Toeing the line between crime thriller and comedy, this fast-paced novel is about sisterhood and sacrifice. Who’s in the wrong? The sister who keeps killing her boyfriends or the other sister who keeps cleaning up the mess left behind? My Sister The Serial Killer is a wickedly funny read, that will keep you on your toes.

Nairobi Noir edited by Peter Kimani 

In this short story anthology, Kenyan writers share intimate and gritty stories of their neighborhoods in Nairobi. Crime short stories are a perfect way to try out the genre. Themes of forbidden love, violence, familial struggle, societal expectation, and racism dance through this unique collection of noir.

The Chestnut Man by Søren Sveistrup

A crude doll made of matchsticks and chestnuts is left as the gruesome calling card at a series of Copenhagen crime scenes. Upon further examination, the fingerprints of a murdered child are discovered on one of the dolls. The child in question went missing over a year previous. Detectives Thulin and Hess work to untangle the gory web of clues, before it’s too late in this Nordic Noir thriller. 

Perfume: The Story of A Murderer by Patrick Süskind 

Born in the slums of 18th century Paris, Jean-Baptiste Grenouille is blessed and cursed with an extraordinary sense of smell. He spends his boyhood understanding all the foul odors of the city. Grenouille is obsessed with capturing the scent of everything: brass doorknobs, firewood, and eventually, a beautiful girl. Follow Grenouille’s haunting  journey to creating the ultimate draught, claiming whatever and whoever he needs to create his scent. Gruesome yet glamorous, Perfume almost has a fairytale-like tone, which makes this historical fiction of serial murder all the more terrifying.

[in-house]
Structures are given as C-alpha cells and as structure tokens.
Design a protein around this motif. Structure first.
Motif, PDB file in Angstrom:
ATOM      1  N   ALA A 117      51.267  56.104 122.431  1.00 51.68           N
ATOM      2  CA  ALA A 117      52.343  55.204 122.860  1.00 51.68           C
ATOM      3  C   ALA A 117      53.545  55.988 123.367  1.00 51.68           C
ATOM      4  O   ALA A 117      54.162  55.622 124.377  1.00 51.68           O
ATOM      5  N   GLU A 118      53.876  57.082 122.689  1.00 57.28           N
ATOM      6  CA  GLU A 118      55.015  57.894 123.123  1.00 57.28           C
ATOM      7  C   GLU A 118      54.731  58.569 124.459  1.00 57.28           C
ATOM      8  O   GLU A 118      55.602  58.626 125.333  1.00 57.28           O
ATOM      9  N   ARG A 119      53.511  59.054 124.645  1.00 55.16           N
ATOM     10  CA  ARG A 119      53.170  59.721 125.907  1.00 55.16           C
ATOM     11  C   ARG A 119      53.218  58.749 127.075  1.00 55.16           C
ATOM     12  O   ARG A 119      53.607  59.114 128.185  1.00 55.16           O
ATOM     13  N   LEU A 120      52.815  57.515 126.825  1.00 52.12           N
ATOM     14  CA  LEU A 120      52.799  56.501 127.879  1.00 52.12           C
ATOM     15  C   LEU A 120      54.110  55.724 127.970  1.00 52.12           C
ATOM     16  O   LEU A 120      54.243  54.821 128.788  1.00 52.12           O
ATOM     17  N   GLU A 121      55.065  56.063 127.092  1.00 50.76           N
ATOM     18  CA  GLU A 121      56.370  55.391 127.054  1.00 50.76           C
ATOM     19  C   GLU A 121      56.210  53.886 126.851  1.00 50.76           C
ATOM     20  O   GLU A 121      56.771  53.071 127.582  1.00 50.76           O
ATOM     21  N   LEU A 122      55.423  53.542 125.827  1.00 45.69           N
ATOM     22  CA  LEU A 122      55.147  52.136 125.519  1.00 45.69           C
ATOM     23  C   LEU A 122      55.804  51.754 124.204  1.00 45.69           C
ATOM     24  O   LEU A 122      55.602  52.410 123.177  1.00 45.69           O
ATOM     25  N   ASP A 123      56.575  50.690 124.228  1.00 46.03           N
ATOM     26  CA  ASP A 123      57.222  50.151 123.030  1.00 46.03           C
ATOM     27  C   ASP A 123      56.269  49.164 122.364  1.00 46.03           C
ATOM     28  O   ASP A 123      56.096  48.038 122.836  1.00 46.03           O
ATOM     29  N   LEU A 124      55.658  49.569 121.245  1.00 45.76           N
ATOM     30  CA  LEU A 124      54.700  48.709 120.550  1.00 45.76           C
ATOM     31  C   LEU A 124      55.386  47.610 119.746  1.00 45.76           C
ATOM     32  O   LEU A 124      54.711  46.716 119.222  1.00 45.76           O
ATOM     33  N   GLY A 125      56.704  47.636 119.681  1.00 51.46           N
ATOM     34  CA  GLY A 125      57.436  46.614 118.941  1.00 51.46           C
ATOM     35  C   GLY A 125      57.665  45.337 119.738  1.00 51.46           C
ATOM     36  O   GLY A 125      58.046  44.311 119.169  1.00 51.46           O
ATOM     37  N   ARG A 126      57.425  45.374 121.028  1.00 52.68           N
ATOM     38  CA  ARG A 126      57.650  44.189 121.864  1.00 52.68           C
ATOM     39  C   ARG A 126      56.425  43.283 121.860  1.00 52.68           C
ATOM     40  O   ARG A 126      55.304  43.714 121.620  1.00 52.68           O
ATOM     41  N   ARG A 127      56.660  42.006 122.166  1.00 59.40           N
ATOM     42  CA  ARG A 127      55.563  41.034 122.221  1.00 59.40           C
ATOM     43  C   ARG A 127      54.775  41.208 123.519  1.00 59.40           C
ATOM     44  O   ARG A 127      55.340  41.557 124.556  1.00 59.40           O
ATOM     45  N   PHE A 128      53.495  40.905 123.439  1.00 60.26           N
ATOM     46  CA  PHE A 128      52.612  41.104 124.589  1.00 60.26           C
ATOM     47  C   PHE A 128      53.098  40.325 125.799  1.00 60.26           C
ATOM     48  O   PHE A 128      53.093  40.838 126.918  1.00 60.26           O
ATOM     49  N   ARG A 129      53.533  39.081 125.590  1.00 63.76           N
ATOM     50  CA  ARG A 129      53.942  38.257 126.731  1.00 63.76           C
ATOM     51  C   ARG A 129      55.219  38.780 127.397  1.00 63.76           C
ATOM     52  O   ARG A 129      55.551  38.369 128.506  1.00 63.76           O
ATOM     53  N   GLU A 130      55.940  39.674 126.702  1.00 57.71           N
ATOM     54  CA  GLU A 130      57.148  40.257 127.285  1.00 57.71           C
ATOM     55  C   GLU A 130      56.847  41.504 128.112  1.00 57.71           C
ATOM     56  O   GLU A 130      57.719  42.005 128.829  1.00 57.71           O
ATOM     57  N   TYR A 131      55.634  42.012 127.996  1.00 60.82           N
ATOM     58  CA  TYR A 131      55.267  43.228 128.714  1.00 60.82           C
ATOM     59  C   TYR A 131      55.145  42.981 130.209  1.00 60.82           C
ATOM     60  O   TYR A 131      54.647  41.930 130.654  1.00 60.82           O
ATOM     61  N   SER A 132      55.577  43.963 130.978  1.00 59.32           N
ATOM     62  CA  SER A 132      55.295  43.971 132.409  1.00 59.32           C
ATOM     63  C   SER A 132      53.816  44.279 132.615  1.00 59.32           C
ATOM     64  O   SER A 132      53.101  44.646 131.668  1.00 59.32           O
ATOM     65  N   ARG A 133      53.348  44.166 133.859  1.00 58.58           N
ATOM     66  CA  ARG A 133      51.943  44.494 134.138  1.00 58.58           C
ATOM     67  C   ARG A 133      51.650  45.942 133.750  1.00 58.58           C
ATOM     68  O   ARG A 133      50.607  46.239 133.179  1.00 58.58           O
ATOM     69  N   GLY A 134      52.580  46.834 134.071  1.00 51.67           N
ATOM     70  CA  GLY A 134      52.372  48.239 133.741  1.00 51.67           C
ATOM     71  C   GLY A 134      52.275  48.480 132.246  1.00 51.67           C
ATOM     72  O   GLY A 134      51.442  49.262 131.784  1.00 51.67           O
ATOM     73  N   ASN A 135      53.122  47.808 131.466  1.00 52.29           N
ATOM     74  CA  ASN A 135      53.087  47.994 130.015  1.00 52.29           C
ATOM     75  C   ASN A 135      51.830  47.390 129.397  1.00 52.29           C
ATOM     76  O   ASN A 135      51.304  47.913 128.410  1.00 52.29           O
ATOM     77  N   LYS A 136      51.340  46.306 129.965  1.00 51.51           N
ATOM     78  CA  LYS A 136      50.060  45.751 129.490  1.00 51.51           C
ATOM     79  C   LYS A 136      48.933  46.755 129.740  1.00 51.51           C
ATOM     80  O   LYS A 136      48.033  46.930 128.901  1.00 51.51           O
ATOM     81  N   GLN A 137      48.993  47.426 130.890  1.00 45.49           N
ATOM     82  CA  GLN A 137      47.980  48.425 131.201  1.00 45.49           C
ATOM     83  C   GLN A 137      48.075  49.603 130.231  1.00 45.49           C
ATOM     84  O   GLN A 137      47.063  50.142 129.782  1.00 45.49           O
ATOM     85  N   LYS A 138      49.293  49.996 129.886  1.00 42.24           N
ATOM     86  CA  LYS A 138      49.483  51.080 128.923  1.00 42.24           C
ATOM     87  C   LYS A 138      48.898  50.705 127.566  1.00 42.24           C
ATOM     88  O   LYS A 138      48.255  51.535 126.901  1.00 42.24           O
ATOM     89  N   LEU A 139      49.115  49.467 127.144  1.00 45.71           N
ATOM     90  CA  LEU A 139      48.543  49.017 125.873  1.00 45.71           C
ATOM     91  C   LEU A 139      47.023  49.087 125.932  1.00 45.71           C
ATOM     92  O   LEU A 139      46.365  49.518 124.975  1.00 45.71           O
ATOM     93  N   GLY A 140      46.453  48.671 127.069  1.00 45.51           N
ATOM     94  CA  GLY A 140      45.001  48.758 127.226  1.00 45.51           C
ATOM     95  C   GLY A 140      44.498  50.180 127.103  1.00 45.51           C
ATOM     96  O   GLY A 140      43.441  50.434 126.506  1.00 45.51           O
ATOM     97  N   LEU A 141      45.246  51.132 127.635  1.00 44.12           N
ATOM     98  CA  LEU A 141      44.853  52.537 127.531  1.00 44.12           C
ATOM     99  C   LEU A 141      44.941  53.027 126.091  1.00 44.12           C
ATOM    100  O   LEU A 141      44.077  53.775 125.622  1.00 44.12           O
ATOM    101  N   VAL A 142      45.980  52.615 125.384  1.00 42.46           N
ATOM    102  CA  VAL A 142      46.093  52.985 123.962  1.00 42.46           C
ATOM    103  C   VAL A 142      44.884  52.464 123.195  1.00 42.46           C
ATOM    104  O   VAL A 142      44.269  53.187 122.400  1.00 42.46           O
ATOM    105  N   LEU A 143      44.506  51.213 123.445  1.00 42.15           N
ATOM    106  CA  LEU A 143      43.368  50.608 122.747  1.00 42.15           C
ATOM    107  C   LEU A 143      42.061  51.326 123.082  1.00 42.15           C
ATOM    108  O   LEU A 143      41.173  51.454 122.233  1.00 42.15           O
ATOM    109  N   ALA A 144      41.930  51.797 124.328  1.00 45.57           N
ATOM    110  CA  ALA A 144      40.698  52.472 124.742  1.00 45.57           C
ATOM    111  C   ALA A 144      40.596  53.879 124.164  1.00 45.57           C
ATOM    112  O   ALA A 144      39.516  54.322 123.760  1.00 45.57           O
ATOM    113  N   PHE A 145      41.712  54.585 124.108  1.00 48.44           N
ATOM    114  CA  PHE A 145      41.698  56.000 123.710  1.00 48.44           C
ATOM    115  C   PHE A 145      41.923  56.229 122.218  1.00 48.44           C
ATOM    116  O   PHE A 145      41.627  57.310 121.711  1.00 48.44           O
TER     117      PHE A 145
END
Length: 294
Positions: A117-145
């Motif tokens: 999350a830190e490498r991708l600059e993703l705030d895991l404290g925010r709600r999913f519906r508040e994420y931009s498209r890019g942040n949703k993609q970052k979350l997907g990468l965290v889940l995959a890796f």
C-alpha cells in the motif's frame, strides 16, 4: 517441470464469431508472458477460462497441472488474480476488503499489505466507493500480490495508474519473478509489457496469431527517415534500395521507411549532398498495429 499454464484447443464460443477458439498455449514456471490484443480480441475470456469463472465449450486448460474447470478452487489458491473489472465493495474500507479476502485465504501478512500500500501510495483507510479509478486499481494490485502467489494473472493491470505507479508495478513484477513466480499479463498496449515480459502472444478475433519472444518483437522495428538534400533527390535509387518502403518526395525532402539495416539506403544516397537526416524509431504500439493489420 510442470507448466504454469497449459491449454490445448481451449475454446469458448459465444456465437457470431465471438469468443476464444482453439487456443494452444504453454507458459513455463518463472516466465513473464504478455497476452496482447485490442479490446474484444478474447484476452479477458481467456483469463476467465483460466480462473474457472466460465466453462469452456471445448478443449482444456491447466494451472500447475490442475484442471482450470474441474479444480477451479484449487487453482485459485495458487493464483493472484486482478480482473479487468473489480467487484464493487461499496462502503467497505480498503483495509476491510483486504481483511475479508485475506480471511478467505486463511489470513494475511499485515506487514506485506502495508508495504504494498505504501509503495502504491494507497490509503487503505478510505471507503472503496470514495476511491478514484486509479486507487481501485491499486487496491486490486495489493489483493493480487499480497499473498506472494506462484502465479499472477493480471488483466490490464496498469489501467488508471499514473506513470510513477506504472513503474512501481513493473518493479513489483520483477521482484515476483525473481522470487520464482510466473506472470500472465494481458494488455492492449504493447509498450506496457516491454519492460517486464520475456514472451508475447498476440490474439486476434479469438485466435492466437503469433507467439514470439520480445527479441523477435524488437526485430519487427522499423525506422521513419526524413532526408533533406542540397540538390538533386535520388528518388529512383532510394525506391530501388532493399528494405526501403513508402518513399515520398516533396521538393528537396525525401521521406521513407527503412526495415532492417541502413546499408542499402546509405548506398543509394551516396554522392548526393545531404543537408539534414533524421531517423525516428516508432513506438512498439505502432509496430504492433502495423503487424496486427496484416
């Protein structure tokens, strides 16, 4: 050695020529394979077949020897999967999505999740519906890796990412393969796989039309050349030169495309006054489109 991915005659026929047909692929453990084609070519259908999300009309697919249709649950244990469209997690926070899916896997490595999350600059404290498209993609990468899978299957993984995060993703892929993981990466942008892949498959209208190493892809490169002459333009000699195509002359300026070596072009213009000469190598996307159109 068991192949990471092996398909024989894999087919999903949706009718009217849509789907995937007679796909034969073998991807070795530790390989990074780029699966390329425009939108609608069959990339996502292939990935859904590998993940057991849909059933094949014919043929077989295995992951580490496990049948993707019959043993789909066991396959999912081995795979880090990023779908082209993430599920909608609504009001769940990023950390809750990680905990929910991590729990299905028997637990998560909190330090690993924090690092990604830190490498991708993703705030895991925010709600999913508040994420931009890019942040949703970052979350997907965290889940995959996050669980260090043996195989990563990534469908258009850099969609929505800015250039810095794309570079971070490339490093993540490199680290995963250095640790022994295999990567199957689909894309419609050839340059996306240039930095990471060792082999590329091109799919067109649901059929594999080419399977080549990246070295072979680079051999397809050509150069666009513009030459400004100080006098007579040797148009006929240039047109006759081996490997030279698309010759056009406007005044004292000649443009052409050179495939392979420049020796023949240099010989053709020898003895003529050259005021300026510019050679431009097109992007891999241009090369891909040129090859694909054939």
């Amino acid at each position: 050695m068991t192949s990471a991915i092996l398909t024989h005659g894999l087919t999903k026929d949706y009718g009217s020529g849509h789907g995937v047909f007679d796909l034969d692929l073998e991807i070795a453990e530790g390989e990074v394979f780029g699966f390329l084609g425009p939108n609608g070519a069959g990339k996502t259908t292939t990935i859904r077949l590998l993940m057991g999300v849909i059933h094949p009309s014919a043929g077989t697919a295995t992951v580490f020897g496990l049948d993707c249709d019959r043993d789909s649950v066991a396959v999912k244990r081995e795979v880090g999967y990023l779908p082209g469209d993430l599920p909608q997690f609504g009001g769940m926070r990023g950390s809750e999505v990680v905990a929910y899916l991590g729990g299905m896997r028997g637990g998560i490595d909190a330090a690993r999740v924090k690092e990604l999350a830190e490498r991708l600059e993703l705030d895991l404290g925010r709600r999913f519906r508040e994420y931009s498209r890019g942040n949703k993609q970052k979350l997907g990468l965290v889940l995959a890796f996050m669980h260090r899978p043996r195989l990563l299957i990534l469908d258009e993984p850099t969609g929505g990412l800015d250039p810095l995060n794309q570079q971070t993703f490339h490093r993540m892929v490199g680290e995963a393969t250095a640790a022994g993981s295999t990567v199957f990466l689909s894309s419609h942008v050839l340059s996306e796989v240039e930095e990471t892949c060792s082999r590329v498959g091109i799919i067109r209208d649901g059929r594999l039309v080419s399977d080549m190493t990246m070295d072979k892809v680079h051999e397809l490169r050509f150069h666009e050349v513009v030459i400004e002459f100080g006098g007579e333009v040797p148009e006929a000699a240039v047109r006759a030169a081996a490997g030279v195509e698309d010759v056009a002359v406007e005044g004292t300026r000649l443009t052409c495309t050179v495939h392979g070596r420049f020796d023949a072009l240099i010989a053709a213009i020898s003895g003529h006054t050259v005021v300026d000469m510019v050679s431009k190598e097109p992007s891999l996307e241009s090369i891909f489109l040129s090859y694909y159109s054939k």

Unique Crime Books: True Crime

Midnight in the Garden of Good and Evil by John Berendt 

Midnight in the Garden of Good and Evil paints a portrait of sleepy Savannah, Georgia, during the summer of 1981. The eccentric residents of Savanah make up a Greek Chorus as antique dealer Jim is on trial for the murder of his employee Danny. Prejudice, old money, class, race, and black magic all play their parts in this masterful southern gothic nonfiction novel.

The Man Who Loved Books Too Much by Allison Hoover Bartlett

Inside the world of rare books, thievery is widespread and obsessive. John Gilkey is one such thief, obsessed with books, stealing them from shops, fairs, and libraries. Amateur sleuth and book seller Ken Sanders follows Gilkey’s trail, never quite catching up to him. This cat-and-mouse chase is expertly analyzed by Bartlett, who interviewed and even befriended both Gilkey and Sanders. Bartlett uncovers the allure and history of  rare book theft in this book about one of the most common, nonviolent crimes.  

the hare with amber eyes

The Hare With Amber Eyes by Edmund de Waal

A mysterious collection of Japanese ceramic pieces is all that remains of Ephrussi family, a famous European banking family. During the German Occupation of WWII, their grand art collection was scattered across the globe. The tiny ceramics were spared only by the quick thinking and grace of a loyal maid. Trace the family alongside de Waal, in this twisting historical nonfiction of art theft, loss, and family. 

What perspective do you think is missing in crime books? Personally, I would love to see more crime told from an outsider’s perspective. 

Once you’ve read a few of these, be sure to check out our Crime Archives for more recommendations.